15. Use of Autologous Blood

  1. Petra Seeber MD1 and
  2. Aryeh Shander MD, FCCM, FCCP2,3

Published Online: 4 JUL 2012

DOI: 10.1002/9781118338070.ch15

Basics of Blood Management, Second edition

Basics of Blood Management, Second edition

How to Cite

Seeber, P. and Shander, A. (2012) Use of Autologous Blood, in Basics of Blood Management, Second edition, Wiley-Blackwell, Oxford, UK. doi: 10.1002/9781118338070.ch15

Author Information

  1. 1

    Institute for Blood Management, Gotha, Germany

  2. 2

    Critical Care Medicine and Hyperbaric Medicine, Englewood Hospital and Medical Center, Englewood, NJ, USA

  3. 3

    Mount Sinai School of Medicine, Mount Sinai Hospital, New York, NY, USA

Publication History

  1. Published Online: 4 JUL 2012
  2. Published Print: 24 AUG 2012

ISBN Information

Print ISBN: 9780470670705

Online ISBN: 9781118338070



  • Acute normovolemic hemodilution;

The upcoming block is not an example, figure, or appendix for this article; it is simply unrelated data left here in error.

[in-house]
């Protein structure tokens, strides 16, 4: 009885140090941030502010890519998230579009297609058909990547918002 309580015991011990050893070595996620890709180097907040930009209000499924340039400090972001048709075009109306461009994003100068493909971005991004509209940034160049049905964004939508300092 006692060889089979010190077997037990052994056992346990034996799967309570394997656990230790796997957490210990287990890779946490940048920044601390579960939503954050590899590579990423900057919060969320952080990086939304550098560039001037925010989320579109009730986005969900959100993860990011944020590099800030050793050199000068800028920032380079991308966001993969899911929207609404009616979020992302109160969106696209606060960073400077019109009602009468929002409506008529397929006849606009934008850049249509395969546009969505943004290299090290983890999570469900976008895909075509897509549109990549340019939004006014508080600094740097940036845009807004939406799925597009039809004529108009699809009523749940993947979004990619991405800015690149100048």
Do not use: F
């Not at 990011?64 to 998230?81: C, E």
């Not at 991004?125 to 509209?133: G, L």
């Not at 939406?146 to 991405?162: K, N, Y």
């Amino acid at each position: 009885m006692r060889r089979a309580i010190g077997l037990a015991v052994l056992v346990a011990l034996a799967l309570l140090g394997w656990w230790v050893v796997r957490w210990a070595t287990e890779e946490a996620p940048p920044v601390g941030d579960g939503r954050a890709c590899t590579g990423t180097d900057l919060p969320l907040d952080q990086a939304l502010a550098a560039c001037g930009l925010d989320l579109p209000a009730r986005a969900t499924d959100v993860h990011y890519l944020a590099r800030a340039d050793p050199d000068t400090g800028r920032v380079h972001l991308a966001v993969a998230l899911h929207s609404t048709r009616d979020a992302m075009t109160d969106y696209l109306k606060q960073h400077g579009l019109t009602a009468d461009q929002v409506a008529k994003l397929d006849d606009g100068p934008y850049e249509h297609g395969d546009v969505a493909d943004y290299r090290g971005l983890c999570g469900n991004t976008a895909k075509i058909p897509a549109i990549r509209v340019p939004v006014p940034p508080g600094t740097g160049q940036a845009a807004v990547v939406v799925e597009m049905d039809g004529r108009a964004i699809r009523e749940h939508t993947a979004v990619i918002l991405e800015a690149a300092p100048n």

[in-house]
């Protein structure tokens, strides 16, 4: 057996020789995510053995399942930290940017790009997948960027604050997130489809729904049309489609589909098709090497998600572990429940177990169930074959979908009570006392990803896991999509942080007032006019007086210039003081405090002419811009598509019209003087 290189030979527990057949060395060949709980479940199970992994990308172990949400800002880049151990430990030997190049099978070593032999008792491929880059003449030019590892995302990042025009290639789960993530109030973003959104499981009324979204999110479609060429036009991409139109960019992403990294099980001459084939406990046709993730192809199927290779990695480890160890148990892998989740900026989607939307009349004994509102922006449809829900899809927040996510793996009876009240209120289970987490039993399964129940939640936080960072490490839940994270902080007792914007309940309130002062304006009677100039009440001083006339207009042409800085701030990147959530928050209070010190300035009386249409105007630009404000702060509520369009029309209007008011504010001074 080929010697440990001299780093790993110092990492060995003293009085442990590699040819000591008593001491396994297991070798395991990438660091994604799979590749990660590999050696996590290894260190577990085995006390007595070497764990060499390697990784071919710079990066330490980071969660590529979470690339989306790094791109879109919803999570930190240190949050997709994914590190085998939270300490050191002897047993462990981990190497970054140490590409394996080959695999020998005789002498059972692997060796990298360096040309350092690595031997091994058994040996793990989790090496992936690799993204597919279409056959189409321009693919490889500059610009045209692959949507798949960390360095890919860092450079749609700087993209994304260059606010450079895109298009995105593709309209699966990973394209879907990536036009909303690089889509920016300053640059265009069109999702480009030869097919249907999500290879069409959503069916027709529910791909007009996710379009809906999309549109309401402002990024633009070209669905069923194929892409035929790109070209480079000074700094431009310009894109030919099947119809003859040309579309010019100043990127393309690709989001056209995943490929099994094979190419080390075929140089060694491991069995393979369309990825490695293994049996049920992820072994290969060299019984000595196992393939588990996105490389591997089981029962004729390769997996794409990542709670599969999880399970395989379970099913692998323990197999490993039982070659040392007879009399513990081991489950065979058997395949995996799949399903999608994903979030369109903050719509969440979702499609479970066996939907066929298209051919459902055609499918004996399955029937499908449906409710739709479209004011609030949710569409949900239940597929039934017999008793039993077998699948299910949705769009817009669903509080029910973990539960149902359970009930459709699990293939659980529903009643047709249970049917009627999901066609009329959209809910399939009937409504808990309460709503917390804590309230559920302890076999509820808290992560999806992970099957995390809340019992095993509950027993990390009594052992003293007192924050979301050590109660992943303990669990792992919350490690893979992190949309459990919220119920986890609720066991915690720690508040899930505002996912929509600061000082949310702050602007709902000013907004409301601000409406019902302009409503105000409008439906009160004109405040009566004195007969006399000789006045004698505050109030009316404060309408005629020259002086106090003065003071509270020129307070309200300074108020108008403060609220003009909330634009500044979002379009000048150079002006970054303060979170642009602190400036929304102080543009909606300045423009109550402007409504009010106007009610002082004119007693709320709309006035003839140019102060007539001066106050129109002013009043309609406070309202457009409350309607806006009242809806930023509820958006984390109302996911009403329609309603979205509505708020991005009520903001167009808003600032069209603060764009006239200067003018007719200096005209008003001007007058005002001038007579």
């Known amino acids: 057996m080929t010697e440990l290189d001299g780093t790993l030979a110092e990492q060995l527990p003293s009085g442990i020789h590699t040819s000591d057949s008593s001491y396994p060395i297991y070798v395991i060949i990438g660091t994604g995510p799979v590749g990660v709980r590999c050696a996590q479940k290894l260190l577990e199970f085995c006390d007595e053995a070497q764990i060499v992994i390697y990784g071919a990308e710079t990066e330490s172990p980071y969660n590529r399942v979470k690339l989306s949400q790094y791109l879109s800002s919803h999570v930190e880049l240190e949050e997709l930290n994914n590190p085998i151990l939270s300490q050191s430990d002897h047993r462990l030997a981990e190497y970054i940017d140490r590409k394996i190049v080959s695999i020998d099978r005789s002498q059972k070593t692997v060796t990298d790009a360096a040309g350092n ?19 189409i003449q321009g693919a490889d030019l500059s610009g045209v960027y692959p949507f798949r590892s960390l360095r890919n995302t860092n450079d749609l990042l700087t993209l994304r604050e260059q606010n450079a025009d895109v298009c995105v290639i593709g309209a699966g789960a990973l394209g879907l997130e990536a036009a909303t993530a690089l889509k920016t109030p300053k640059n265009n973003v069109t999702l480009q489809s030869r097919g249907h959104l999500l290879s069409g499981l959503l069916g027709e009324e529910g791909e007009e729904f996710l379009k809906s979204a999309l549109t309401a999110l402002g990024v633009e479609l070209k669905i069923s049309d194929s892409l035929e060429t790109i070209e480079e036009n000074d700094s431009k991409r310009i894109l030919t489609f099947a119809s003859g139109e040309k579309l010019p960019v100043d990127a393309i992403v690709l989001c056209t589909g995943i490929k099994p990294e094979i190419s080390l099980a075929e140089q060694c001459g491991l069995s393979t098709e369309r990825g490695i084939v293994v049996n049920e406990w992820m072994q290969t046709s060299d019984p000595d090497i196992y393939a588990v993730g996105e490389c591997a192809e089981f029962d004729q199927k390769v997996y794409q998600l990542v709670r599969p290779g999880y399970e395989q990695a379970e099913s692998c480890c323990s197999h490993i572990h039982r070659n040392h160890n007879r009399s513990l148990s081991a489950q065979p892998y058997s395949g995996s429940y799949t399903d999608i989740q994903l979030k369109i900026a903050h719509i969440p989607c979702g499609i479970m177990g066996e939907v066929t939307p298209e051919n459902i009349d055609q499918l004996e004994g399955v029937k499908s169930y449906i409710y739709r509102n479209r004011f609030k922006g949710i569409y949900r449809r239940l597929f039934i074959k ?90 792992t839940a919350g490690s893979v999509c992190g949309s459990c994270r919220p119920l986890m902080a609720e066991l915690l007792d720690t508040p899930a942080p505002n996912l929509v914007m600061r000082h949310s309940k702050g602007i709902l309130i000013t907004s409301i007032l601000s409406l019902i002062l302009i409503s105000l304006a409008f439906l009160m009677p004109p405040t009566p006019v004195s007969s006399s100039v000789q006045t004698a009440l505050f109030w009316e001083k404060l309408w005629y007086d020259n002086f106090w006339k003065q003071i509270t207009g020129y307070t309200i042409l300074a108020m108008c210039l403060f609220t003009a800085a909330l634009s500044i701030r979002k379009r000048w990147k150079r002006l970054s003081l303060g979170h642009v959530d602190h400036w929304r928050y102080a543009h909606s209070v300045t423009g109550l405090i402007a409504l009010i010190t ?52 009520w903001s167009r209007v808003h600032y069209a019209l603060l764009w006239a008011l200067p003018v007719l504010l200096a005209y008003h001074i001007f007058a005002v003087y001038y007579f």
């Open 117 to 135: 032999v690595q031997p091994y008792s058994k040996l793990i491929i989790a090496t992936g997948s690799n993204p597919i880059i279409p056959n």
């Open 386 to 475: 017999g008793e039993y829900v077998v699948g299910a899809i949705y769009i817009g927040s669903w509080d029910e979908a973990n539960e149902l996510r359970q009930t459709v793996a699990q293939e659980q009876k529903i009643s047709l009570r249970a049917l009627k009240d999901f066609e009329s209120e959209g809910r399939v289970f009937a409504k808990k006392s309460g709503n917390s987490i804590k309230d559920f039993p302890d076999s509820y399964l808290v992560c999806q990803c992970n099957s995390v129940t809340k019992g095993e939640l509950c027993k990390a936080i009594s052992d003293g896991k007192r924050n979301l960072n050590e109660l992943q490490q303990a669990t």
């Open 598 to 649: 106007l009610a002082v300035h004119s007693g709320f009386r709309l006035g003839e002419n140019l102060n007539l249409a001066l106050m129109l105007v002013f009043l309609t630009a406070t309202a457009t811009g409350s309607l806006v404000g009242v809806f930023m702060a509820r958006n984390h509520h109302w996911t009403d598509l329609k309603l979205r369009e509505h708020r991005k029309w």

• Acute hypervolemic hemodilution;
  • Preoperative autologous donation;
  • Autologous transfusion;
  • Plasma sequestration;
  • Platelet sequestration


When thinking about ways to avoid allogeneic transfusion, the first thing that comes to mind is the use of the patient's own blood. In fact, there is a wide variety of methods for autologous blood use, e.g., autologous immunotherapy, autologous stem cell use, and cord blood harvest for premature infants, just to name a few. This chapter will consider at the more common forms of autologous blood use, namely preoperative autologous donation, hemodilution, and perioperative apheresis. It will describe how they impact on blood management-related patient outcome.